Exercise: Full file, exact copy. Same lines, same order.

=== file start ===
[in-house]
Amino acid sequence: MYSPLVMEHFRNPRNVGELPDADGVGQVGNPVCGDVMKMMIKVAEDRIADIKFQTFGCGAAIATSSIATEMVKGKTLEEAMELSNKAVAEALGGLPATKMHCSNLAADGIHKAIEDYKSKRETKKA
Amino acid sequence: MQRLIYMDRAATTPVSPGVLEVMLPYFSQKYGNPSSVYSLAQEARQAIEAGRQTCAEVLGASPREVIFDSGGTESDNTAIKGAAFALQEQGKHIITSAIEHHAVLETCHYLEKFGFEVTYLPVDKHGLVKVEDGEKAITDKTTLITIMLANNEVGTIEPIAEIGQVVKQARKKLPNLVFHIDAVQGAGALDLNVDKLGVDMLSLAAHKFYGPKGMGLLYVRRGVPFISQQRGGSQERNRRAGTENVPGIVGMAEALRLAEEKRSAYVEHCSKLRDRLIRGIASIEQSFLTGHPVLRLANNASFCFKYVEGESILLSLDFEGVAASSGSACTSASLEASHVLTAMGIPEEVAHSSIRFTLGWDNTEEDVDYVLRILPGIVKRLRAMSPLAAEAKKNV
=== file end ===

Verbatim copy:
[in-house]
Amino acid sequence: MYSPLVMEHFRNPRNVGELPDADGVGQVGNPVCGDVMKMMIKVAEDRIADIKFQTFGCGAAIATSSIATEMVKGKTLEEAMELSNKAVAEALGGLPATKMHCSNLAADGIHKAIEDYKSKRETKKA
Amino acid sequence: MQRLIYMDRAATTPVSPGVLEVMLPYFSQKYGNPSSVYSLAQEARQAIEAGRQTCAEVLGASPREVIFDSGGTESDNTAIKGAAFALQEQGKHIITSAIEHHAVLETCHYLEKFGFEVTYLPVDKHGLVKVEDGEKAITDKTTLITIMLANNEVGTIEPIAEIGQVVKQARKKLPNLVFHIDAVQGAGALDLNVDKLGVDMLSLAAHKFYGPKGMGLLYVRRGVPFISQQRGGSQERNRRAGTENVPGIVGMAEALRLAEEKRSAYVEHCSKLRDRLIRGIASIEQSFLTGHPVLRLANNASFCFKYVEGESILLSLDFEGVAASSGSACTSASLEASHVLTAMGIPEEVAHSSIRFTLGWDNTEEDVDYVLRILPGIVKRLRAMSPLAAEAKKNV